The mathematical techniques used in this book are all covered either at A-level or during the first year at university. They include calculus, coordinate geometry and vector algebra, including the use of dot and cross products. Vector notation makes it possible to state the laws of electromagnetism in concise general forms. This advantage seems to me to outweigh the possible disadvantage of its relative unfamiliarity. I have introduced the notation of vector calculus in order to provide students with a basis for understanding more advanced texts which deal with electromagnetic waves. No attempt is made here to apply the methods of vector calculus because the emphasis is on practical problem-solving and acquiring insight and not on the application of advanced mathematics.

I am indebted for my understanding of this subject to many people, teachers, authors and colleagues, but I feel a particular debt to my father who taught me the value of thinking about problems ‘from first principles’. His own book, *The Electromagnetic Field in its Engineering Aspects* (2nd edn, Longman, 1967) is a much more profound treatment than I have been able to attempt, and is well worth consulting.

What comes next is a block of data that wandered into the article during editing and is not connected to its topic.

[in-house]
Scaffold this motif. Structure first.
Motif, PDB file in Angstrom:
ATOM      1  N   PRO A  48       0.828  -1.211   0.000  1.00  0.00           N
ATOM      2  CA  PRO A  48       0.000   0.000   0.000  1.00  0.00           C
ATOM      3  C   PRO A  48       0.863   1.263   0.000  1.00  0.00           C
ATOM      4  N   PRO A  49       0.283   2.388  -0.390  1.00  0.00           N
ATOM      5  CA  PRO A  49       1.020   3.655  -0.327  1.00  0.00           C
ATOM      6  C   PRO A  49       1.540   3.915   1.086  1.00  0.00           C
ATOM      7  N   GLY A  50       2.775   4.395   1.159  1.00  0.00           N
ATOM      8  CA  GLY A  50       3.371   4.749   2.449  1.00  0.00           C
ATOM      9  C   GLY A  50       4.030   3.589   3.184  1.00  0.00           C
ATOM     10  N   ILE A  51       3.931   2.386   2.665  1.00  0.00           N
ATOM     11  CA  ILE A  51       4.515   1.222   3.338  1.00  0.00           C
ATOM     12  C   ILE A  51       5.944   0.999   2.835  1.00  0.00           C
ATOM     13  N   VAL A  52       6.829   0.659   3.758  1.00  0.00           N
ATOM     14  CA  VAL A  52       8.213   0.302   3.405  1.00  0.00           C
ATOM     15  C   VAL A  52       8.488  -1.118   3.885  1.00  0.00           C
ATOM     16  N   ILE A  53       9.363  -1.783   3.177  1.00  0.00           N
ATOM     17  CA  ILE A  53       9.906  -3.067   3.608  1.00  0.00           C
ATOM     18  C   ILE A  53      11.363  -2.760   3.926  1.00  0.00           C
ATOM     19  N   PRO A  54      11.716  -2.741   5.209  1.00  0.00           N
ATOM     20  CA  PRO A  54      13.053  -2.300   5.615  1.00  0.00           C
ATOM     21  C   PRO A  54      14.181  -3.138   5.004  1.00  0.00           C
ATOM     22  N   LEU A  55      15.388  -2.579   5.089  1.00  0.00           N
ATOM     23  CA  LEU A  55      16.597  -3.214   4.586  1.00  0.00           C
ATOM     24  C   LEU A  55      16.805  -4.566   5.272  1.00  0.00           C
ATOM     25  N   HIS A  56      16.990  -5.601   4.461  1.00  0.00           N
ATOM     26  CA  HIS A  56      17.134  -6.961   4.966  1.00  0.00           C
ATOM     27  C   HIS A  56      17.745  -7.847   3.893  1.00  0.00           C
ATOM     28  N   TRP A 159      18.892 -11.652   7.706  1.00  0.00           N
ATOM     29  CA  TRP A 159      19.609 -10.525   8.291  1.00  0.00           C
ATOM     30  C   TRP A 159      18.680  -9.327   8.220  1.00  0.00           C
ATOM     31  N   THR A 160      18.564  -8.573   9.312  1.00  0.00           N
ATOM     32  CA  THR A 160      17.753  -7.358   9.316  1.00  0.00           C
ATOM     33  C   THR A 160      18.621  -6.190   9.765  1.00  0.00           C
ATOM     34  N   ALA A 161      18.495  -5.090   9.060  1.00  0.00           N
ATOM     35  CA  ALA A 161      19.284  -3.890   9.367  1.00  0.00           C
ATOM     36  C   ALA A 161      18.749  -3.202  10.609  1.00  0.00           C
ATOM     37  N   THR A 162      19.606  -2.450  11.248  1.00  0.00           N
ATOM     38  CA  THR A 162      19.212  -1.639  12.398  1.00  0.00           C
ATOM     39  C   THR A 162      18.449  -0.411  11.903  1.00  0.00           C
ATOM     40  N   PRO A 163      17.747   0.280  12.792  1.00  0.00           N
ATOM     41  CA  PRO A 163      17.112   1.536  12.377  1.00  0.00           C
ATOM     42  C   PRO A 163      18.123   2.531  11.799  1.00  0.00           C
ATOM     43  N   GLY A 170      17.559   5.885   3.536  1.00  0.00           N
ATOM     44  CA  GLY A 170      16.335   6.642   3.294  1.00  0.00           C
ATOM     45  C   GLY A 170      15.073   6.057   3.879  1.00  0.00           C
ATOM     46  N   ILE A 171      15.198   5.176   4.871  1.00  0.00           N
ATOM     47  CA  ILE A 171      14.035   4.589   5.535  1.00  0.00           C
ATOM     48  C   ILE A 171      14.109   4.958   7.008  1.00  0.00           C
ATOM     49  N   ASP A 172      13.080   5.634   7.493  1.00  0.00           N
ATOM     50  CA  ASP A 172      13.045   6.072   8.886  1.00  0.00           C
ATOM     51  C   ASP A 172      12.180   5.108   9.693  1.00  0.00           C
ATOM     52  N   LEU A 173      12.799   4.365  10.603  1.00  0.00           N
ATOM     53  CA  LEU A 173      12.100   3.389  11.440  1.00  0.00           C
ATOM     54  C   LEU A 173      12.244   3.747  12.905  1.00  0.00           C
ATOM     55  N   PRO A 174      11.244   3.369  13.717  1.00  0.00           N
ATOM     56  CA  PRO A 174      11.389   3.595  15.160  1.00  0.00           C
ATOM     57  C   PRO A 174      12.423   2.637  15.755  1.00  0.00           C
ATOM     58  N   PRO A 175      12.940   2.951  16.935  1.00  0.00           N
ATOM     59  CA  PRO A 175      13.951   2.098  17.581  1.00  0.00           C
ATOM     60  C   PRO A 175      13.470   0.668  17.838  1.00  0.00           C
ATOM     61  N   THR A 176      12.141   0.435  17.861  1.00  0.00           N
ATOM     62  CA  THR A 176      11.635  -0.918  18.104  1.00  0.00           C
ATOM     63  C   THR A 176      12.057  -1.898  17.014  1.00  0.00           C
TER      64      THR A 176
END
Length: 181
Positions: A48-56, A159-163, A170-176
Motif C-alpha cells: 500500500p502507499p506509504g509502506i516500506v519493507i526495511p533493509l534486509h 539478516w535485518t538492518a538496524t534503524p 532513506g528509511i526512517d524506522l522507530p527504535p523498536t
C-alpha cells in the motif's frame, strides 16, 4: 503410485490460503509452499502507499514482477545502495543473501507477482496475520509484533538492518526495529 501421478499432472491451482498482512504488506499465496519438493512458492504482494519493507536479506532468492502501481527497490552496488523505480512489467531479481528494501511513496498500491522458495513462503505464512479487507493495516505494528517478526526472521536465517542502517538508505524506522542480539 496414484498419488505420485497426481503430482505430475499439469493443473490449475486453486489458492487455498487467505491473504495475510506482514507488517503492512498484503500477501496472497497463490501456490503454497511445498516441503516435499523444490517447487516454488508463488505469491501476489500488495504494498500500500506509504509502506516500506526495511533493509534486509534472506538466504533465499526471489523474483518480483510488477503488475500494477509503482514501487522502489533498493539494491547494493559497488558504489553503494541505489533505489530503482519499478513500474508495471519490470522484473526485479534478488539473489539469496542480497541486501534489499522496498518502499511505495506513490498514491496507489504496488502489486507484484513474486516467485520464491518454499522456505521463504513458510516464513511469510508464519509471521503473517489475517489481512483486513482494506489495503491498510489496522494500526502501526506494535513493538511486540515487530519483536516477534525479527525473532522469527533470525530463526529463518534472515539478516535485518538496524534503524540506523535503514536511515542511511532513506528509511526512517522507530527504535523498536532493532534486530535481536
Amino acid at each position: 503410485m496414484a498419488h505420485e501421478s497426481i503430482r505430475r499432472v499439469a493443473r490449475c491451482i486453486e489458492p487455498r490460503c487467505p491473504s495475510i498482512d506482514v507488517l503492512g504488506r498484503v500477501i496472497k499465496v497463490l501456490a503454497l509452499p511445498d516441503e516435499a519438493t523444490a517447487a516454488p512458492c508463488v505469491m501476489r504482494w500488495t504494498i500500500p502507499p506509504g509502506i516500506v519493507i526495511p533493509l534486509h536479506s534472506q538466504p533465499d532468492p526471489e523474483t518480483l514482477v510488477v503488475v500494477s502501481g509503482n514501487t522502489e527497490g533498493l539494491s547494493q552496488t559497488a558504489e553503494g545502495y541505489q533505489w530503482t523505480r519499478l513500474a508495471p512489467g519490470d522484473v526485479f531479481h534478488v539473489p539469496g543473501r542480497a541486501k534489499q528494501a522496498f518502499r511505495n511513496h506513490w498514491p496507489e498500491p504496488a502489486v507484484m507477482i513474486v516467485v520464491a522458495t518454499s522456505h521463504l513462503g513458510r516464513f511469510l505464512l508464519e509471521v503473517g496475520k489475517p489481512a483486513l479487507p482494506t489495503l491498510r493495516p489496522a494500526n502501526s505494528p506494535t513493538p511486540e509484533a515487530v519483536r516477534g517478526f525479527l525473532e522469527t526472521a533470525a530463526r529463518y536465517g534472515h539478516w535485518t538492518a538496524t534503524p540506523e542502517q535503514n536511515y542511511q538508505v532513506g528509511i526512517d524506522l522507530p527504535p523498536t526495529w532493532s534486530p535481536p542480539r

I should like to record my gratitude to my editors, Professors Bloodworth and Dorey, of the white and red roses, to Tony Compton and my colleague David Bradley, all of whom read the draft of the first edition and offered many helpful suggestions. I am also indebted to Professor Freeman of Imperial College and Professor Sykulski of the University of Southampton for pointing out mistakes in my discussion of energy methods in the first edition.